The End of India
I’d not been neglectful towards my good fortune. Nearly three months into India, travelling with cash, computer, electronics, cell phone, and other valuables, and I’d not lost a thing. Knocking on wood many times, surely I was doing something right.
My luck ran out while passing through Dehli. In a span of fifteen minutes, I was hit twice by a pickpocket. First on the uber-packed city metro train. He got my wallet. Exiting the station I felt the sudden peculiar lightness in my pocket and became an instant maniac, checking everywhere, each pocket two or three times. “HOLY SHIT!” A crowd of old Indian men gathered around me, shaking their heads and smirking. “You’ve got to be more careful,” one of them said. At the time, the comment struck me as unforgivably rude. “I don’t need to hear that right now.” “It’s happened to all of us,” he returned. “This place is known for pickpockets.”
At least I still had my camera, relieved to find It still caribeened to my belt loop. I’d just arrived back in Dehli from the north. It was almost 10pm, and I didn’t have a hotel room booked for the night. After I recovered from the shock of being stolen from, I determined my first priority would be to get my credit and debit cards cancelled. Outside the metro terminal, I attempted to explain my predicament to the swarm of largely non-English-speaking rigshaw drivers who were already at my throat for business. I had a pocketful of change, 25 rupees I think. I did my best to explain and pantomime my lack of funds. I was in a rush to get to the rail station, because I needed to find a power supply for my laptop. I could use my phone to connect to the internet and start cancelling credit cards. Negotiating with the Rigshaw drivers went poorly. Shame on me, I lost my temper a few times, sad and weak moments. I paid dearly for it too. After finally securing a ride, we were halfway to the rail station, I realized my camera was now suddenly missing as well. Had I been smart and taken it off my belt and put it in my bag? No.
At the train station, the only place I could find power was at the little police depot, which was unfortunate, because after explaining what had happened and why I urgently needed to get online to cancel credit cards, they made me fill out a waste-of-space police report, which entailed my writing on a blank sheet of paper, as instructed verbatim—“My camera and wallet were stolen at the Dehli Metro station. Please return to me my camera and wallet.” I didn’t ask questions I just wrote and signed.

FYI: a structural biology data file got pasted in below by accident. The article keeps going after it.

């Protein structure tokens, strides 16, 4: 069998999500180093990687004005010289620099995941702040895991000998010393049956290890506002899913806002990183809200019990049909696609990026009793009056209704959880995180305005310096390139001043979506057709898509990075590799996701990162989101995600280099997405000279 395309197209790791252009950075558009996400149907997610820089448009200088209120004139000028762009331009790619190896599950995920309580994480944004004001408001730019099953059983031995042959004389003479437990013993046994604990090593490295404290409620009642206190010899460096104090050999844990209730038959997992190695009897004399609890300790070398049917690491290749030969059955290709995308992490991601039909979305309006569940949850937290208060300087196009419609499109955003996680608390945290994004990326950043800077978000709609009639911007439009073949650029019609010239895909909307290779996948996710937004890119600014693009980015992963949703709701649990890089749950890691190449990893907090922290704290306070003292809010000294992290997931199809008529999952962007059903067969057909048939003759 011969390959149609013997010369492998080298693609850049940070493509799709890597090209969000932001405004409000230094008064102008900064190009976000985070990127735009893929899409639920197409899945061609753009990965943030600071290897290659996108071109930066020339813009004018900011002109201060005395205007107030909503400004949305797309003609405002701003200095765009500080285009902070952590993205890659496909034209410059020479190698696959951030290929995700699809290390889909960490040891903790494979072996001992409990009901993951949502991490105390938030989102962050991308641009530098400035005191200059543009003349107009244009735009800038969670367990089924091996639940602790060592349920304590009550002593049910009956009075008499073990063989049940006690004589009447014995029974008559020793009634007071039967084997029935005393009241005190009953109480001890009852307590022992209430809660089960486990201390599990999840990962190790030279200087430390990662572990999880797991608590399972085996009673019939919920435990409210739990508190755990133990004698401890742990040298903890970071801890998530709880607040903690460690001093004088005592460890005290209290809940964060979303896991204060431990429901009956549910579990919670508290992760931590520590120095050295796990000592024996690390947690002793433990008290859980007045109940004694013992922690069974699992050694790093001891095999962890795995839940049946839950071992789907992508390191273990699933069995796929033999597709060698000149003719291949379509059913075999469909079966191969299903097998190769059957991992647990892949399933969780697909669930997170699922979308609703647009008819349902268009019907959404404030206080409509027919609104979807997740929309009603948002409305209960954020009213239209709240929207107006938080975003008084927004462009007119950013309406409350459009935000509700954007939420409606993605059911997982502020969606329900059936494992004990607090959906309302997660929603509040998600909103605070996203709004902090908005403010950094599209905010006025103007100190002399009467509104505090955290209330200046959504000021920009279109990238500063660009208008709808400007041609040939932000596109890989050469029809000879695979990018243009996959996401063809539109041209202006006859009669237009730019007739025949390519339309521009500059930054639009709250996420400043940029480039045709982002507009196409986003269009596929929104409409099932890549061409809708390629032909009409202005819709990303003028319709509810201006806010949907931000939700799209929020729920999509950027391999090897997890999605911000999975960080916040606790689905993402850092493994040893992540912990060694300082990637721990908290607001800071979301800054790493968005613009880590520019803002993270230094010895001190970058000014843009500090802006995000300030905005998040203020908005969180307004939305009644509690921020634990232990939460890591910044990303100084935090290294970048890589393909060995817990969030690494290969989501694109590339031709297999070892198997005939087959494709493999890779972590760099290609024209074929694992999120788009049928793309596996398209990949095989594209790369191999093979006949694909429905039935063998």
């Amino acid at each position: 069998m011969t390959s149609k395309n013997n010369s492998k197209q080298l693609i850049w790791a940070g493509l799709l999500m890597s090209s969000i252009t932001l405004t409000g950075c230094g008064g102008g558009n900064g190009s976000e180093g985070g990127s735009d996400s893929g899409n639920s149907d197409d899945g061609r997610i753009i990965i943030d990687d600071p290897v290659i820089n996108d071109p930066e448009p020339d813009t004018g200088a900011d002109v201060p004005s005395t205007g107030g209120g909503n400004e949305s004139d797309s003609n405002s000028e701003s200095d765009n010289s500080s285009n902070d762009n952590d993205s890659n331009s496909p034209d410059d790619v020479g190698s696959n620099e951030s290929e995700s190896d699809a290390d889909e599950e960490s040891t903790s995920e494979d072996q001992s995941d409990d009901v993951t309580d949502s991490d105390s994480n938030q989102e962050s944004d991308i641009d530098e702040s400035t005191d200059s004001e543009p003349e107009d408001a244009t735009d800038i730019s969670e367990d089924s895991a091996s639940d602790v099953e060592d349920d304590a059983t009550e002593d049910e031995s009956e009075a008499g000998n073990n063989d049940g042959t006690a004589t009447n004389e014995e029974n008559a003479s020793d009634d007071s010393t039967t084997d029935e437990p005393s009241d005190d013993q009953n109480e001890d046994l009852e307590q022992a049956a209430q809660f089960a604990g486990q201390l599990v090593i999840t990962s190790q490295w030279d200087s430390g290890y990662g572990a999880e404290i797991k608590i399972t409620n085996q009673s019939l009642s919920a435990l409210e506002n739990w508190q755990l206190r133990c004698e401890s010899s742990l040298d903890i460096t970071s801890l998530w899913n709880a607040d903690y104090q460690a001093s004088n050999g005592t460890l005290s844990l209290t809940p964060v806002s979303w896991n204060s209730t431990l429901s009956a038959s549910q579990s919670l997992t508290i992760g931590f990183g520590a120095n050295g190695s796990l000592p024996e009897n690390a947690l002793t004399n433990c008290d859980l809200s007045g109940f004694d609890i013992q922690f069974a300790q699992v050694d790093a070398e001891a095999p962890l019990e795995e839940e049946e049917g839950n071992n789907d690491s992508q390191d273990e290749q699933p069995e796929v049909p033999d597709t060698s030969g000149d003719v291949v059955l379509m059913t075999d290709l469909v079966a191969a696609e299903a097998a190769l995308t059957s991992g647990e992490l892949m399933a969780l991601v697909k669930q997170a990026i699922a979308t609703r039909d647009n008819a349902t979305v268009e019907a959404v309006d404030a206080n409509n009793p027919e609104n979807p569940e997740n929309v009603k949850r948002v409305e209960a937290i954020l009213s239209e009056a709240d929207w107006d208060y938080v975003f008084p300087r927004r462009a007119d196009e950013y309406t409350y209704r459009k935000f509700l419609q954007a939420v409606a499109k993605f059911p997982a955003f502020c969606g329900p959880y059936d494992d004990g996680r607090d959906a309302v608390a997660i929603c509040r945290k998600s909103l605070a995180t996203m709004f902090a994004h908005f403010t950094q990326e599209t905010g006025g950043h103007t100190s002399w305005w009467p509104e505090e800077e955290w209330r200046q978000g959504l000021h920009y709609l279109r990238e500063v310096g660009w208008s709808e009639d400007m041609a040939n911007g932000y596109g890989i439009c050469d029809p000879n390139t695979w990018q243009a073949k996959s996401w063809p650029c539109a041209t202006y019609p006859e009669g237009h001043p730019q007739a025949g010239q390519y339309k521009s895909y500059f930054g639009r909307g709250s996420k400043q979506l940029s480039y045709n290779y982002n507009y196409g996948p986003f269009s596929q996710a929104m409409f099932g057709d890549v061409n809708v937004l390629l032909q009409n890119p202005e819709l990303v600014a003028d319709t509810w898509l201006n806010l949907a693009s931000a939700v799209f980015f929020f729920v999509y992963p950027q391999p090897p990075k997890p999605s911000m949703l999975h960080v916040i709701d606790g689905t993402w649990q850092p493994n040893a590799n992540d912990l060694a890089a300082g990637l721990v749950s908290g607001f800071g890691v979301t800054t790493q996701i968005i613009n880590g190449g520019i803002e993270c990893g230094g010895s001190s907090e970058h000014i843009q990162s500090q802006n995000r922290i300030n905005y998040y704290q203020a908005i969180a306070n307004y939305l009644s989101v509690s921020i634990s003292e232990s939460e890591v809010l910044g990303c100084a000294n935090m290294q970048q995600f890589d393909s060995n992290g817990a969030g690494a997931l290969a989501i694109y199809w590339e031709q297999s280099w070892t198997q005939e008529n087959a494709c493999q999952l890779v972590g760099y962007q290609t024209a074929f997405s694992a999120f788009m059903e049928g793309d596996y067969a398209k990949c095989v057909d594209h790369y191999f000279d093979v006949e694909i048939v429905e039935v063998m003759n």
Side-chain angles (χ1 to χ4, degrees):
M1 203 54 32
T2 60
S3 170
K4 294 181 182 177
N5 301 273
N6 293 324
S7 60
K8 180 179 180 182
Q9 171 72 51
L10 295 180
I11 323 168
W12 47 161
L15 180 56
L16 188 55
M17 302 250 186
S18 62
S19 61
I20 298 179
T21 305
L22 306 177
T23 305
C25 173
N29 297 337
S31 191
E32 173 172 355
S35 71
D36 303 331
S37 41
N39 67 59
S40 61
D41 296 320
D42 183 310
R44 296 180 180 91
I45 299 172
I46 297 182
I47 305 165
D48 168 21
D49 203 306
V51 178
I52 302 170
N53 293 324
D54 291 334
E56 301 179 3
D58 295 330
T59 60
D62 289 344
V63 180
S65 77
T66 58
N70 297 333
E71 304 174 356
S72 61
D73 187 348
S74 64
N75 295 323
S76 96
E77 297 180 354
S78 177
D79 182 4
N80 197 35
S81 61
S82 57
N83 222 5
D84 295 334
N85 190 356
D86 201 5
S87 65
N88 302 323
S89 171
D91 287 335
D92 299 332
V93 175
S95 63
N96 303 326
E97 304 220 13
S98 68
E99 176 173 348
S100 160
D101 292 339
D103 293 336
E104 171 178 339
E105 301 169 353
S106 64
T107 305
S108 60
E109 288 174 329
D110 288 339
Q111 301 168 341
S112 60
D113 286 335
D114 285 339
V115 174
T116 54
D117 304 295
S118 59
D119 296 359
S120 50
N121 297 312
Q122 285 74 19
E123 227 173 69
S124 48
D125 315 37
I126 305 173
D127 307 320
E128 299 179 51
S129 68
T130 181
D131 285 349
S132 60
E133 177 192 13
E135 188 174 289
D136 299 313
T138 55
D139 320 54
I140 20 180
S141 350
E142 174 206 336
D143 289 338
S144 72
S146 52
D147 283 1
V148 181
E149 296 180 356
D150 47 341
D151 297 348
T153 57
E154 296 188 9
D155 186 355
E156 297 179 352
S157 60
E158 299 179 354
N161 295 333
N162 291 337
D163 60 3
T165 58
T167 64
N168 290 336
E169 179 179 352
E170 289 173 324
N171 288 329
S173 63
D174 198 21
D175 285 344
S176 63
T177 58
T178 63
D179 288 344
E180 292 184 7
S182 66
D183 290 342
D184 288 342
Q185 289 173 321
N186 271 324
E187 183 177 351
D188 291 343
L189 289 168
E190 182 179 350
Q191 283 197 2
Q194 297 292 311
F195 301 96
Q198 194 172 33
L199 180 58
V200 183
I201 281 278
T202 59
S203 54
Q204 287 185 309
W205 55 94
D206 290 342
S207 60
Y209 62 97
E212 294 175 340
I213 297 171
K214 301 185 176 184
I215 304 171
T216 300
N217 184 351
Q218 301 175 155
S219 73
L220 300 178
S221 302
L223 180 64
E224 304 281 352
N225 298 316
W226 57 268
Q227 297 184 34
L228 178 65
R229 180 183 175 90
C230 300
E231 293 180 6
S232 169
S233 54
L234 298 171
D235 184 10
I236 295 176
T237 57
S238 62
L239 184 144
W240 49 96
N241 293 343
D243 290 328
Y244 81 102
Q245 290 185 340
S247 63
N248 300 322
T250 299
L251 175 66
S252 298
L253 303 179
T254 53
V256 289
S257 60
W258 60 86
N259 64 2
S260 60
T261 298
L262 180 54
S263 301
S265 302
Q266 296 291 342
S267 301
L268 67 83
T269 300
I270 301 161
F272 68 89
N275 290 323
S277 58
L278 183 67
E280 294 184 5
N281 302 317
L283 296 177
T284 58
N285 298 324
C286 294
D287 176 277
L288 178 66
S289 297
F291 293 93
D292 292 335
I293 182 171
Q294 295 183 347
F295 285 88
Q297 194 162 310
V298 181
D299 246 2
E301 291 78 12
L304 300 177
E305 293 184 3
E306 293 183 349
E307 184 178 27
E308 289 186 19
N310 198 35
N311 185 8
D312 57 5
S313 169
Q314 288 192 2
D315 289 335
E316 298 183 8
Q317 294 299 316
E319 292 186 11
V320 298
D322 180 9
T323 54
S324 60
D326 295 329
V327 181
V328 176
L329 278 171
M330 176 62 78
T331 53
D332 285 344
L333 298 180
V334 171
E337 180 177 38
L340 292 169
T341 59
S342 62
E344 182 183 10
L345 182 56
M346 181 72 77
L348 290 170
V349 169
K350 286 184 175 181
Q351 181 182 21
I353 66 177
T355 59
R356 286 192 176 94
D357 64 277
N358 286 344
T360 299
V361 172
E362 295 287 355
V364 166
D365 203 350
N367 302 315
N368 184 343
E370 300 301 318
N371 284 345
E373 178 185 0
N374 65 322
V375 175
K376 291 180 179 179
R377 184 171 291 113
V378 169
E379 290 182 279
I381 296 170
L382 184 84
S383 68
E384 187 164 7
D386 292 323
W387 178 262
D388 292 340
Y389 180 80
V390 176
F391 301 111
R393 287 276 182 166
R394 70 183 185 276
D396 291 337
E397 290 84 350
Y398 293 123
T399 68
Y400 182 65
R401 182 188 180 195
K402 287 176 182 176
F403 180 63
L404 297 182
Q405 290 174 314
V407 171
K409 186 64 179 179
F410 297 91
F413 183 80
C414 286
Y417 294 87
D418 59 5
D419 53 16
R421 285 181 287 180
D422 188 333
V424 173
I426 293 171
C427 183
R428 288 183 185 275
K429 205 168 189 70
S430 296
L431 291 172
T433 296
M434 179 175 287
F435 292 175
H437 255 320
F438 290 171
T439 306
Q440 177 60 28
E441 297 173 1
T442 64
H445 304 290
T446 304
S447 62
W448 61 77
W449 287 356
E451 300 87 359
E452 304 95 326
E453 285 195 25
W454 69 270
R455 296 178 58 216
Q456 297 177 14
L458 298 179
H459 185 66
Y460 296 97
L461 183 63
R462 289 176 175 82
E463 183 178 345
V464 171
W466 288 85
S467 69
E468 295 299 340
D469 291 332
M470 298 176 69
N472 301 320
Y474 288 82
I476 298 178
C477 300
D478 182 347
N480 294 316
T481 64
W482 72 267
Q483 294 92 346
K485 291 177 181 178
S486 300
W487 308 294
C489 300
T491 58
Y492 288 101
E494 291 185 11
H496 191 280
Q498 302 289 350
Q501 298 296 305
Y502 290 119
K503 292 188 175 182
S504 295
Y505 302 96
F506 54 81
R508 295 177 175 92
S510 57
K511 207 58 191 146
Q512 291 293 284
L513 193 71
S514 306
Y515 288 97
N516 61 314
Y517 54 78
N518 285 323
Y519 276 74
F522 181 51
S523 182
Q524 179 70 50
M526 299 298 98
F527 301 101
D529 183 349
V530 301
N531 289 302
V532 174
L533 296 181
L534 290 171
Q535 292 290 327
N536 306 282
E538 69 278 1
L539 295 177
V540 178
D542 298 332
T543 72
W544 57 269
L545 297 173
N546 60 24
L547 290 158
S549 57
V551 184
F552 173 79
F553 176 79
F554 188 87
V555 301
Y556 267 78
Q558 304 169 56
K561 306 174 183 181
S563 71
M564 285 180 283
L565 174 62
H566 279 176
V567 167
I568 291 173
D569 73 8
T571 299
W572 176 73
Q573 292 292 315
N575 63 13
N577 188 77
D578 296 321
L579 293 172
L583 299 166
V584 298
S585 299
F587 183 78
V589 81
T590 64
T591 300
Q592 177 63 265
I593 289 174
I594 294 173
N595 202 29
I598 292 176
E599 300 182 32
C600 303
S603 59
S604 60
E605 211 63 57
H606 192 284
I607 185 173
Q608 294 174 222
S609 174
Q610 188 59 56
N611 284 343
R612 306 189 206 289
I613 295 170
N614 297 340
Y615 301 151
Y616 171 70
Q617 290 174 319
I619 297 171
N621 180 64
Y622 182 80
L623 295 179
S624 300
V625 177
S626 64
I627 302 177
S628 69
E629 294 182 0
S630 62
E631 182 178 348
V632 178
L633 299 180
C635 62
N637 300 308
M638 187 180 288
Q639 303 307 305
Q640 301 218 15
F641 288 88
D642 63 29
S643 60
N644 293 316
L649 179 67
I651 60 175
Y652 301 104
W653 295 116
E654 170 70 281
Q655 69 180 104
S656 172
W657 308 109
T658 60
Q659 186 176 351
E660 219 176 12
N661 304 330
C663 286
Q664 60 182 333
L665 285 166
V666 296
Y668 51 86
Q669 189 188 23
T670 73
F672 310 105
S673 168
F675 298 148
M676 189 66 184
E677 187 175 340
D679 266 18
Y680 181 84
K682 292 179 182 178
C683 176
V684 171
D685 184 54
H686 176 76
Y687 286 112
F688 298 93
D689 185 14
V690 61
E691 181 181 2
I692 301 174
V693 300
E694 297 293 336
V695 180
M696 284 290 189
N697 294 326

After writing the “report,” I was finally given access to a power outlet and proceeded with the business of cancelling my cards. It took about an hour total. Afterwards, when I attempted to walk out of the station, one of the officers demanded money from me. “You do realize I just lost my wallet!” He responded by pointing to my suitcase. I responded by walking out. He followed. He called me over and we argued near one of the police vans. He then attempted to explain to me that I had to go to another station and fill out another “report.” He opened the back door to one of the vans and told me to get in. The back of the van looked dingy and hopeless. I weighed my options: go get extorted for cash at 11pm after just having lost my wallet and camera, or, walk off and see if I got arrested. I chose the latter. I was screamed at but never touched.
This was definitely a low point. A falling out of sorts that confirmed that it was near time for me to say farewell to the subcontinent. Nonetheless, as the shrewd officer suspected, I had a solid cash-reserve scattered throughout my suitcase and was thus able to fund my final week in India. I spent my last nights in Mumbai catching up with a good friend in Colaba, a most amazing time and an appropriate farewell. On my last night, we slept outside by the waterfront, near the Gateway to India, surrounded by the many desperate and impoverished for whom such sleeping habits were a nightly norm. The Gateway to India. It had been the very first landmark I’d seen upon my arrival in the country. A fitting end that it would tower over me as I dreamed my final dreams.